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Algonquin Township Board debates allowing voters to abolish road district

Algonquin Township trustee continues push to abolish road district

Algonquin Township Trustee Rachael Lawrence continued her campaign Wednesday night to get a referendum on the 2020 election ballot to give voters the power to abolish the highway department.

Although the Algonquin Township Board unanimously voted to table Lawrence’s resolution to put the referendum to ballot, officials engaged in a debate that revealed a strong philosophical divide.

On one side, Lawrence argued that the problems with the road district are rooted in a system that gives highway commissioners free rein to run their offices with little oversight. On the other side, Trustee Dan Shea contended that all of Algonquin Township’s problems can be traced to a single person: Highway Commissioner Andrew Gasser.

“It’s ideal to pass this now because we have from today all the way until November 2020 to watch the Democratic process unfold, just as it did in McHenry Township,” Lawrence said. “All that I’m asking is that Algonquin Township voters be afforded that same opportunity.”

Efforts to eliminate townships and road districts have intensified in recent years. Voters and homeowners tired of high property taxes and the state’s worsening economic climate have been looking to cut anything from anywhere they can.

Officials in McHenry Township voted to put the fate of the highway department to voters in November. Voters rejected the referendum in an overwhelming fashion. More than
68 percent of them voted “no.”

Lawrence said it would be wrong to characterize her push as a “cut stuff, save money” proposition.

“This is a ‘let people vote’ proposition,” Lawrence said.

The referendum would be tied to a law that went into effect last year – a statute that gives residents the power to abolish the highway department with a majority vote and transfer road responsibilities to the township.

“We’ve seen the consequences of having an autonomous and unaccountable person in this office,” Lawrence said. “It’s time for that to end, and when Springfield throws us a lifeline like this, I want to take it.”

The statute gives townships the ability to place a question on the ballot to let voters decide: “Shall the Road District of the Township of Algonquin be abolished with all the rights, powers, duties, assets, property, liabilities, obligations and responsibilities being assumed by the Township of Algonquin?”

On July 11, Lawrence brought forward the same resolution. Met with silence from the rest of the board, her motion – and the referendum – died.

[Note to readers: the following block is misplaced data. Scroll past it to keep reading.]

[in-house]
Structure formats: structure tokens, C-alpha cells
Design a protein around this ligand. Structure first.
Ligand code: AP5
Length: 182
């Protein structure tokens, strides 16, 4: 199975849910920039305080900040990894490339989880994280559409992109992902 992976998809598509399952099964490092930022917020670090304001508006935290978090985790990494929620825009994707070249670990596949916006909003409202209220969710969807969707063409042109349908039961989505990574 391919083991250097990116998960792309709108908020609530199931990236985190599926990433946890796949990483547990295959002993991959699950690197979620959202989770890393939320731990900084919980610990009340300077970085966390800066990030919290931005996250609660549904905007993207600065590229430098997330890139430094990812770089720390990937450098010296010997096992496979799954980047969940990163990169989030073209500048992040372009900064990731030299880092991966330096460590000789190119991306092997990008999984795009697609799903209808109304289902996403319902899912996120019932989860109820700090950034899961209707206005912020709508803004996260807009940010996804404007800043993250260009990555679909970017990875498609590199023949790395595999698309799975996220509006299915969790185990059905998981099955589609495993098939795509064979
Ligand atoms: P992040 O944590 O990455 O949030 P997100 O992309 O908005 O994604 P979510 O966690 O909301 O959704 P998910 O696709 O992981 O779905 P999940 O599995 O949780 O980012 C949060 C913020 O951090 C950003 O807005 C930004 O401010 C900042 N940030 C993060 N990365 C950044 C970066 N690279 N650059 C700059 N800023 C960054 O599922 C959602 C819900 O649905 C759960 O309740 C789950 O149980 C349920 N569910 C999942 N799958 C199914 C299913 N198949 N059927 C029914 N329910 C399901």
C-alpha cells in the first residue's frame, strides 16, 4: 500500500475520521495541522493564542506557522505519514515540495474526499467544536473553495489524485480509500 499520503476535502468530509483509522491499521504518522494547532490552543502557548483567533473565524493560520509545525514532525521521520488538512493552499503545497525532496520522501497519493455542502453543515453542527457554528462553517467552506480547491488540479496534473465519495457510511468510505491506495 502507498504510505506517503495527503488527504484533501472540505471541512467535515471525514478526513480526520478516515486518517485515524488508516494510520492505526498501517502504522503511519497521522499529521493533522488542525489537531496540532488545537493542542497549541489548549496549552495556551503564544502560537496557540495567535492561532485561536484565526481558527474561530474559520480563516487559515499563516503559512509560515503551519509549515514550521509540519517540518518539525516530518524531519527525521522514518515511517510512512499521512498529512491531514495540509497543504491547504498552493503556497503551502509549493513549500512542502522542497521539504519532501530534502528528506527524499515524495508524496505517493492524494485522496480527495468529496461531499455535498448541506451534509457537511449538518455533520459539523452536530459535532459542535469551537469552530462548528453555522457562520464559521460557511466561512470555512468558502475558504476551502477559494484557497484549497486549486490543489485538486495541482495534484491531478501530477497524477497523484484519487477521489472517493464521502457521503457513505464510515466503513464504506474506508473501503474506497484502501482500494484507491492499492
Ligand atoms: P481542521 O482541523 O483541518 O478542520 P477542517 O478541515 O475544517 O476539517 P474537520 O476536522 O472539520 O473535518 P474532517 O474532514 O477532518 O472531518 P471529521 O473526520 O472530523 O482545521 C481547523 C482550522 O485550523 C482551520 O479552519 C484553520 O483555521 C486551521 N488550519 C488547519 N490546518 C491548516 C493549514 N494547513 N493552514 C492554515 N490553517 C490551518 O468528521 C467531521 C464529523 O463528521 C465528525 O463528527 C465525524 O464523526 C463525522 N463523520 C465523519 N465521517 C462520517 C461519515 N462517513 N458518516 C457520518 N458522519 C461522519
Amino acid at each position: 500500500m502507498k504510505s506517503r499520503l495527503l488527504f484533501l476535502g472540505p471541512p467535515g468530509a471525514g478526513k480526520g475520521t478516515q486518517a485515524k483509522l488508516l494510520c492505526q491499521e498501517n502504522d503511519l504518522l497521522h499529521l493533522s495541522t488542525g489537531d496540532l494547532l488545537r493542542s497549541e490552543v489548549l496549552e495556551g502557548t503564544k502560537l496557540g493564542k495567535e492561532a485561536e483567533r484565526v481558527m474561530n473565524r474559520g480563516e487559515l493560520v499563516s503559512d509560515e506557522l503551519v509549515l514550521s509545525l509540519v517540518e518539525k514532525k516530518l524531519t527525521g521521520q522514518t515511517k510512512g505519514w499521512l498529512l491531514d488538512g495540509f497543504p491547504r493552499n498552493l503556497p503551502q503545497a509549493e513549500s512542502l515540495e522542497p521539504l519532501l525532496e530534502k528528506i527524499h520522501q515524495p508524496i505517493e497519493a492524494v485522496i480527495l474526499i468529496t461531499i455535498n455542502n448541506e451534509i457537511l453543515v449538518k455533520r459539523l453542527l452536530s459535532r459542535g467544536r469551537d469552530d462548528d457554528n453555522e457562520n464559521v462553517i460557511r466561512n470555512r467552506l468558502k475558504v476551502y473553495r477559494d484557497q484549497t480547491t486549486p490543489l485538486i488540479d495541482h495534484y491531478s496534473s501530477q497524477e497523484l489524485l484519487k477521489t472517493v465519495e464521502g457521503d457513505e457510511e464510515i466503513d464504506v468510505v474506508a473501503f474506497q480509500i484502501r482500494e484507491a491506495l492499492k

On Wednesday night, Lawrence had little support from the board.

Shea said problems inside the highway department stem from the highway commissioner – not the form of government itself.

“What this is going to do is it gives the people the right to choose not to have the right to choose,” Shea said. “Where is this going wrong? It sounds almost foolish to me.”

Shea said he’s “very apprehensive” about legislation that snowballed in Springfield.

“We had years and years and years of excellent service out of that department,” Shea said.

The trustee took a swipe at Gasser, who did not attend the meeting. Gasser could not be reached for comment.

“I would not call the person a liar, because that’s wrong,” Shea said. “But I’ll be politically correct and say it’s a person who is honesty-challenged.”

Shea suggested an alternative to abolishing the road district: legislation that allows a recall of a highway commissioner by the public.

“There’s no real reason we have to go way out of our way to abolish an office that has years and years and years of success behind it,” Shea said. 

Lawrence rebutted. 

“I cannot state this strongly enough,” Lawrence said. “This is not about a person. After Andrew Gasser’s term ends in 2021, who’s to prevent, who’s to say there won’t be another issue? This is not about a person. This is about accountability. This is about good government. This is about having some control.” 

Trustee Dave Chapman agreed that there needs to be more road district oversight and invited Lawrence to join him in urging state Rep. David McSweeney, R-Barrington Hills, to put some “teeth” into state code that would require McHenry County’s engineer to conduct checks and balances on highway departments.

The board voted, 4-0, to table Lawrence’s resolution until next month’s township meeting. Trustee Melissa Victor was absent.

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